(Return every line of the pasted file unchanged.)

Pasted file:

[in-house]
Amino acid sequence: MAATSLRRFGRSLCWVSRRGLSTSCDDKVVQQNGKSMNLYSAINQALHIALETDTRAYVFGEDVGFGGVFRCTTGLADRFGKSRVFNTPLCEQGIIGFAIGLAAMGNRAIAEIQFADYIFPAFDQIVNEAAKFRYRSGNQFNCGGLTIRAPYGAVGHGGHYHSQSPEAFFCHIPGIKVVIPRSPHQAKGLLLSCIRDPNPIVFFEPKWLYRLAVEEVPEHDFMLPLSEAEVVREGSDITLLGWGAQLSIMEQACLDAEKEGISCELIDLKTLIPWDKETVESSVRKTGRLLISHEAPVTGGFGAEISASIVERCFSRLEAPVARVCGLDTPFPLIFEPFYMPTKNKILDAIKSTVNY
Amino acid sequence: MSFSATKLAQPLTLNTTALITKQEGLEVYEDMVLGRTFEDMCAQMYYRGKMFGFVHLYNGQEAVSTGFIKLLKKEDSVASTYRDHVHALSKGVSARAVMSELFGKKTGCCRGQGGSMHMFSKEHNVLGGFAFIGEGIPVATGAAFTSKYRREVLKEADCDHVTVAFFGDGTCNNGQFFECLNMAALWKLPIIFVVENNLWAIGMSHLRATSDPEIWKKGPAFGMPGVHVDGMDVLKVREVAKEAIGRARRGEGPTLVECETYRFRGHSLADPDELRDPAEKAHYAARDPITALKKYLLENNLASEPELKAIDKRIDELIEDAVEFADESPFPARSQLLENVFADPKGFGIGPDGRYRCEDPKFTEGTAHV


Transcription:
[in-house]
Amino acid sequence: MAATSLRRFGRSLCWVSRRGLSTSCDDKVVQQNGKSMNLYSAINQALHIALETDTRAYVFGEDVGFGGVFRCTTGLADRFGKSRVFNTPLCEQGIIGFAIGLAAMGNRAIAEIQFADYIFPAFDQIVNEAAKFRYRSGNQFNCGGLTIRAPYGAVGHGGHYHSQSPEAFFCHIPGIKVVIPRSPHQAKGLLLSCIRDPNPIVFFEPKWLYRLAVEEVPEHDFMLPLSEAEVVREGSDITLLGWGAQLSIMEQACLDAEKEGISCELIDLKTLIPWDKETVESSVRKTGRLLISHEAPVTGGFGAEISASIVERCFSRLEAPVARVCGLDTPFPLIFEPFYMPTKNKILDAIKSTVNY
Amino acid sequence: MSFSATKLAQPLTLNTTALITKQEGLEVYEDMVLGRTFEDMCAQMYYRGKMFGFVHLYNGQEAVSTGFIKLLKKEDSVASTYRDHVHALSKGVSARAVMSELFGKKTGCCRGQGGSMHMFSKEHNVLGGFAFIGEGIPVATGAAFTSKYRREVLKEADCDHVTVAFFGDGTCNNGQFFECLNMAALWKLPIIFVVENNLWAIGMSHLRATSDPEIWKKGPAFGMPGVHVDGMDVLKVREVAKEAIGRARRGEGPTLVECETYRFRGHSLADPDELRDPAEKAHYAARDPITALKKYLLENNLASEPELKAIDKRIDELIEDAVEFADESPFPARSQLLENVFADPKGFGIGPDGRYRCEDPKFTEGTAHV